Nieman Foundation at Harvard
HOME
          
LATEST STORY
Axios launches a premium subscription product aimed at the “dealmakers” among us
ABOUT                    SUBSCRIBE
July 15, 2015, 2:57 p.m.
Mobile & Apps
LINK: www.theverge.com  ➚   |   Posted by: Justin Ellis   |   July 15, 2015

twitterexandedlinkPublishers may be able to get more value out of their tweets thanks to a new design change on Twitter. The company recently rolled out new Twitter cards that allow for an expanded summary of a link seen on the platform’s iOS or Android apps. What that means for media companies, or really anyone slinging links on Twitter, is that stories will get some extra room, complete with lead art and the first few words of a story.

If you’ve been on Twitter a while you’ll recognize that this is part of the company’s plans for bringing more media into your home feed. Things like autoplay videos, GIFs, or advertising cards, have moved the Twitter experience away from being a continuous waterfall of text.

Casey Newton, over at The Verge, explains the change:

The expanded previews are actually a new-ish Twitter card (“Summary card with large image”), and you’ll only see auto-expanded links from publishers that have enabled the card on their sites. But expect most big publishers to follow suit, because the big, colorful cards get around Twitter’s 140-character limit by inserting the first few words of the article in addition to the promotional tweet. And of course advertisers, who are just as thirsty for those favs and RTs, are likely to adopt them en masse as well.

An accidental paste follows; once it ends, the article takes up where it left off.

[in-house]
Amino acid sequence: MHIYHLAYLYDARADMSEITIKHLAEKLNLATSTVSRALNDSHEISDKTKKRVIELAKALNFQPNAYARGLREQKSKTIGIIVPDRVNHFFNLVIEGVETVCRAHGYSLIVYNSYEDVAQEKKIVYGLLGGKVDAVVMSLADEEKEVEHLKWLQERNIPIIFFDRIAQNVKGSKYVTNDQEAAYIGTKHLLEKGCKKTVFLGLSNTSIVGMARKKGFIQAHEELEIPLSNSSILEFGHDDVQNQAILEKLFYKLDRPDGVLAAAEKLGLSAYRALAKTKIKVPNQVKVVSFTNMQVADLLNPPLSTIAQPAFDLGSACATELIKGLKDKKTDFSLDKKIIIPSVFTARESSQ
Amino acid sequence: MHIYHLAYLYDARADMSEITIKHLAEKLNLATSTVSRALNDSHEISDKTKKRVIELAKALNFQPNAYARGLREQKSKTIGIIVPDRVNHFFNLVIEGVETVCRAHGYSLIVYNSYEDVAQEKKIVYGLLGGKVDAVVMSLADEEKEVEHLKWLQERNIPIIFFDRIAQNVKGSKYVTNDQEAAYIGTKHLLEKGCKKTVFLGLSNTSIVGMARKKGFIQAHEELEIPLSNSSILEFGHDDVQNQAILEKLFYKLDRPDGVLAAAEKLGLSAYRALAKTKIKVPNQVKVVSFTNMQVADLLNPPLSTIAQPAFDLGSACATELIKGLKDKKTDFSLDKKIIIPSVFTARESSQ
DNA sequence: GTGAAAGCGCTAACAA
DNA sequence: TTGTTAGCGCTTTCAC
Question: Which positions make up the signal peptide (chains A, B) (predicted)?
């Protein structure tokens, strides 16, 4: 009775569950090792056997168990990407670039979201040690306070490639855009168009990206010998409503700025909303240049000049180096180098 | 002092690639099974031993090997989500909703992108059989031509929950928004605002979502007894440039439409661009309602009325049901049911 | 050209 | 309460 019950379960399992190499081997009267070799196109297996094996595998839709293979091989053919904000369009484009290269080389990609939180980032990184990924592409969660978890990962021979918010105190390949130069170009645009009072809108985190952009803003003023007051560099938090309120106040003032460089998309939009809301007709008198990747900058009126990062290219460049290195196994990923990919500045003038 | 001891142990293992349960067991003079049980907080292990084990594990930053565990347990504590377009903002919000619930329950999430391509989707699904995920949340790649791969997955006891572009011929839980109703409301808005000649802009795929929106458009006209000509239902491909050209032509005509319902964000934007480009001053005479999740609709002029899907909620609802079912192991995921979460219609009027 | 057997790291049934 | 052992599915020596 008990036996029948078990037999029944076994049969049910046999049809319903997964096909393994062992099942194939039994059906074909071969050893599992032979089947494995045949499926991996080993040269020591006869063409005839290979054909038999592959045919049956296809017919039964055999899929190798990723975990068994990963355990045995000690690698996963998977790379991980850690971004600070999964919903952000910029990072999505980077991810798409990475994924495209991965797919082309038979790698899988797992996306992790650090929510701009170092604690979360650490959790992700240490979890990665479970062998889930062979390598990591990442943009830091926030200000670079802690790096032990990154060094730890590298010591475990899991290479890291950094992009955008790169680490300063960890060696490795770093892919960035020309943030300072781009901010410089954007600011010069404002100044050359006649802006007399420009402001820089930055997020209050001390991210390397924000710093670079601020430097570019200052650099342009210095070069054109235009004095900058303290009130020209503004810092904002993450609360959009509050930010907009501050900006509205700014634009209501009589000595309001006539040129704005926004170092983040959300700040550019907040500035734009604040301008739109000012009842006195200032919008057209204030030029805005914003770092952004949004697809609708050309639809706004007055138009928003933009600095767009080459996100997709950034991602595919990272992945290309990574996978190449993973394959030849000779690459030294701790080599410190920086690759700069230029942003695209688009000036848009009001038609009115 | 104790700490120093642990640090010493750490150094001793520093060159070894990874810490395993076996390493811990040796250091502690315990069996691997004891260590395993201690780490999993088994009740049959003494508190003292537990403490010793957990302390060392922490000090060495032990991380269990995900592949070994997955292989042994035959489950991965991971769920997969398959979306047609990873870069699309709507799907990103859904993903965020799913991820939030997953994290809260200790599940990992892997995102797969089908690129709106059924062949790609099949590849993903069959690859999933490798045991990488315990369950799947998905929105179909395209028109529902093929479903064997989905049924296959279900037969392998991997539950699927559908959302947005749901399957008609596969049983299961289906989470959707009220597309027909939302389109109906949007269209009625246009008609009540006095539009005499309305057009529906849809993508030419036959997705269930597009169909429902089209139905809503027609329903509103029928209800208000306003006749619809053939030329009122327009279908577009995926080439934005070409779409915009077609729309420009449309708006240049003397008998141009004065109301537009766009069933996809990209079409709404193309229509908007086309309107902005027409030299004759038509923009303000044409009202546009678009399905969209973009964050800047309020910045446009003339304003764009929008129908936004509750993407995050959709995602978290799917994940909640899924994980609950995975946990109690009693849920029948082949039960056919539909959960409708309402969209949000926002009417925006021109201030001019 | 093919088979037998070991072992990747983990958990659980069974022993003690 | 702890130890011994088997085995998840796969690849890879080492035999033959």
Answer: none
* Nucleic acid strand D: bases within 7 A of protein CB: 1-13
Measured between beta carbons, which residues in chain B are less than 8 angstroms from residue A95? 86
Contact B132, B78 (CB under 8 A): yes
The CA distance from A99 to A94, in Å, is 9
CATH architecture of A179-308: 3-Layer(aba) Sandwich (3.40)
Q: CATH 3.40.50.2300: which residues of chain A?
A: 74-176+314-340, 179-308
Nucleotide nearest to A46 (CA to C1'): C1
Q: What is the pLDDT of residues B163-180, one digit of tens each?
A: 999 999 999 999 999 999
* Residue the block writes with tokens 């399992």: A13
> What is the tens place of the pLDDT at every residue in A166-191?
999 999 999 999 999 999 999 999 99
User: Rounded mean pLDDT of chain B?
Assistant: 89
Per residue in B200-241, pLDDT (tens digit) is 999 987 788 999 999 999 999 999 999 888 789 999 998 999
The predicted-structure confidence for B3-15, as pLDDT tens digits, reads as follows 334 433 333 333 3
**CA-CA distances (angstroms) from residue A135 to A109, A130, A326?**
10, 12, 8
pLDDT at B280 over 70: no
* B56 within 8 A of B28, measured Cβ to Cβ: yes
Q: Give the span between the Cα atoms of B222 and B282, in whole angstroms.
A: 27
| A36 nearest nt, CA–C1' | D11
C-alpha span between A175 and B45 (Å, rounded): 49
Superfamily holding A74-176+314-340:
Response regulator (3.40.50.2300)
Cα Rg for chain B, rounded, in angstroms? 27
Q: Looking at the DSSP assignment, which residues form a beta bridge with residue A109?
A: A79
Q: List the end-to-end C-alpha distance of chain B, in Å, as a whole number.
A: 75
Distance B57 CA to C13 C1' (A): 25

There’s a clear benefit there to media companies vying for readers attention, especially as we know more and more readers are getting their news on social networks like Twitter.

Twitter’s cards are an underutilized tool for many publishers. Here at the Lab, for instance, we’ve had success using the Twitter Lead Generation Card to increase the amount of subscribers to our daily email newsletter.

Obviously Twitter’s not being purely altruistic here; if you get people to spend more time scrolling and clicking through on their timeline, that benefits Twitter. (Think of the analogy to Facebook’s Instant Articles.) And the new change had some in the news business discussing whether this was another portend in the battle of distributed content, or whether this change would really benefit publishers at all.

Show tags Show comments / Leave a comment
 
Join the 60,000 who get the freshest future-of-journalism news in our daily email.
Axios launches a premium subscription product aimed at the “dealmakers” among us
After a two-week free trial, Axios Pro costs $600/year for one newsletter or $1,800/year for all Pro newsletters. (There’s no monthly option.)
A new report shows the impact of racial justice protests in 2020 on three local newspapers
A study of crime reporting in three major U.S. dailies found coverage included less dehumanizing language by the end of the year.
Does having stronger local newspapers make people more likely to follow COVID safety guidelines? Er, not so much
A new study finds that the more local newspapers there were in a county, the worse it performed on a measure of social distancing in the early days of the pandemic. But take the findings with a grain of salt.